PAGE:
Little Armory M79

March 22, 2017 at 22:17 | Posted in Little Armory | Leave a comment
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#For a brief intro about the Little Armory series, refer to this earlier post for the M4A1 assault rifle#

Little Armory M79 grenade launcher

The M79 is the first grenade launcher of the Little Armory series. The kit comes with a standard M79 and a sawed off ‘Pirate Gun’ version. Also included are a total of 24 grenades, (6 x 4 types).

I painted the M79 with german gray and the buttstock with dark brown. For the Pirate gun, I sprayed it with sand brown. I also took the liberty of painting all the grenades with different color schemes.

The standard M79 is about the same length with the M4A1, while the Pirate Gun is half the length.

The standard M79 has a flip-up leaf-type sight whereas the Pirate Gun has a reflex sight. Both M79s can break open for reloading, but the grenades can’t actually fit inside the barrel.

I didn’t take too many photos of the M79 with the revoltech Skeleton and HGUC GM, as I’ll discuss later.

Final thoughts:
The M79 looks quite nice, if not a little too basic. It has some nice gimmicks as well, plus you get to build two of them. The problem is that I find it difficult to get good poses with the Skeleton and GM. The problem stems from the lack of a gun grip. The Pirate Gun was slightly better in this regard.
Overall, this might be my least favorite Little Armory release to date. At least it looks good enough on displayed on my Gun Rack.
On the plus side, I managed to nail the box art pose:

 

 

Zaku Cannon

March 9, 2017 at 21:29 | Posted in 1/144 scale | 2 Comments
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Introduction:

There isn’t a HGUC Zaku Cannon kit released yet; only a MG kit and some old MSV kits. I bought a 1/144 Zaku Cannon resin kit from Yahoo Auctions, but that thing was a brick. I wanted to build something with more articulation. So I decided to combine parts of that resin kit, an old 1/144 MSV kit and several HG parts to make my own version of the Zaku Cannon.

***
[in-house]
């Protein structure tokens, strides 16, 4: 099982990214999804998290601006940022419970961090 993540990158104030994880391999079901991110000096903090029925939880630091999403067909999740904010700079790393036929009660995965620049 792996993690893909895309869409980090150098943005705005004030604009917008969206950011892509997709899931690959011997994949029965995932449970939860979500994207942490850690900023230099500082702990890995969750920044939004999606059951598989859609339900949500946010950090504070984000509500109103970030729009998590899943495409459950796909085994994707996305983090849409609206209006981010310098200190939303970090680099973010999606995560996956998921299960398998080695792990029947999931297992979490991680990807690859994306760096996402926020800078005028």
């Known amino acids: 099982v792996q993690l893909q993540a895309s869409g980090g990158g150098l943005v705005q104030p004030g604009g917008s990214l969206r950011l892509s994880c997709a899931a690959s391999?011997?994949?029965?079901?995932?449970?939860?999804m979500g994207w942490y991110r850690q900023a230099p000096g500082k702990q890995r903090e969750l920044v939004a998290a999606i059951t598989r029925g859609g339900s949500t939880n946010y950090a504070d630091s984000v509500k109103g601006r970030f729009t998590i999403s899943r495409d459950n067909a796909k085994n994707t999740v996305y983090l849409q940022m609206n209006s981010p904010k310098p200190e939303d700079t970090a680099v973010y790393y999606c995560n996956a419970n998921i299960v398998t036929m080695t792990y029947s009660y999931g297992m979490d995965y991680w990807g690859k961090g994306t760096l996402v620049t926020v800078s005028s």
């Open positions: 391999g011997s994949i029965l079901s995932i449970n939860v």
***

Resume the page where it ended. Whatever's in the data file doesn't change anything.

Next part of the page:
It has been a work in progress for quite some time, and now it’s finally done. Throughout the build, only one thing remained constant: the shoulder cannon. All other parts were the result of trial & error to see what works best.

Materials & methods:

The work in progress page can be read here.

For painting, I went for the color scheme that appeared in the Unicorn OVA. All these were airbrushed.

  • Main body: Brown-grey (Gaianotes)
  • Forearms, feet: Russian green (Mr. Color)
  • Front skirt, knees: German Grey + Propellar color (Mr. Color)
  • Thighs: Light gull grey (Mr. Color)
  • Weapons, backpack: German gray (Mr. Color)
  • Joints: Dark gray 2 (decanted from spray can)

After the paint has dried, it’s the standard course: panel lining, decals, light weathering & flat topcoat.

Results:

The main cannon and side cannons can be folded to the back

And now some action poses:

Discussion:

To be honest, I didn’t really know how this would turn up. During work-in-progress I just focused on each part separately, without doing any test fitting prior to painting. I messed up some of the decals but overall I think the whole thing looks quite alright. The HG Bugu legs don’t look out of place, either.